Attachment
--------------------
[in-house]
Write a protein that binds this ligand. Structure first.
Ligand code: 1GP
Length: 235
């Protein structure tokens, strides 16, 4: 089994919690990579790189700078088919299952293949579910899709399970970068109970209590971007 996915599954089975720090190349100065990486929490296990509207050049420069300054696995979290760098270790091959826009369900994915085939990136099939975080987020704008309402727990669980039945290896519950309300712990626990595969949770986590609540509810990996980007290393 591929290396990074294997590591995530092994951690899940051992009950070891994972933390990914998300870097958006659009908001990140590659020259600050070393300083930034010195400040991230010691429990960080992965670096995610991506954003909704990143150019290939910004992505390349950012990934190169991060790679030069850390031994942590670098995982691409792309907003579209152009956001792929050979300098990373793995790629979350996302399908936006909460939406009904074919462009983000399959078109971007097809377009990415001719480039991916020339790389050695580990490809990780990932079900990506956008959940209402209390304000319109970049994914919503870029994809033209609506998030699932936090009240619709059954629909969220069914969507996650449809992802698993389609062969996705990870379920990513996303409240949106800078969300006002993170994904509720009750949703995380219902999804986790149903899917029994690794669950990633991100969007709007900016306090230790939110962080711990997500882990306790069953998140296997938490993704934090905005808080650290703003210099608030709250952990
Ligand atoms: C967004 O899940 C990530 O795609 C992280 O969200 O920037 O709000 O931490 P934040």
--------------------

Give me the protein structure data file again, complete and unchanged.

[in-house]
Write a protein that binds this ligand. Structure first.
Ligand code: 1GP
Length: 235
């Protein structure tokens, strides 16, 4: 089994919690990579790189700078088919299952293949579910899709399970970068109970209590971007 996915599954089975720090190349100065990486929490296990509207050049420069300054696995979290760098270790091959826009369900994915085939990136099939975080987020704008309402727990669980039945290896519950309300712990626990595969949770986590609540509810990996980007290393 591929290396990074294997590591995530092994951690899940051992009950070891994972933390990914998300870097958006659009908001990140590659020259600050070393300083930034010195400040991230010691429990960080992965670096995610991506954003909704990143150019290939910004992505390349950012990934190169991060790679030069850390031994942590670098995982691409792309907003579209152009956001792929050979300098990373793995790629979350996302399908936006909460939406009904074919462009983000399959078109971007097809377009990415001719480039991916020339790389050695580990490809990780990932079900990506956008959940209402209390304000319109970049994914919503870029994809033209609506998030699932936090009240619709059954629909969220069914969507996650449809992802698993389609062969996705990870379920990513996303409240949106800078969300006002993170994904509720009750949703995380219902999804986790149903899917029994690794669950990633991100969007709007900016306090230790939110962080711990997500882990306790069953998140296997938490993704934090905005808080650290703003210099608030709250952990
Ligand atoms: C967004 O899940 C990530 O795609 C992280 O969200 O920037 O709000 O931490 P934040």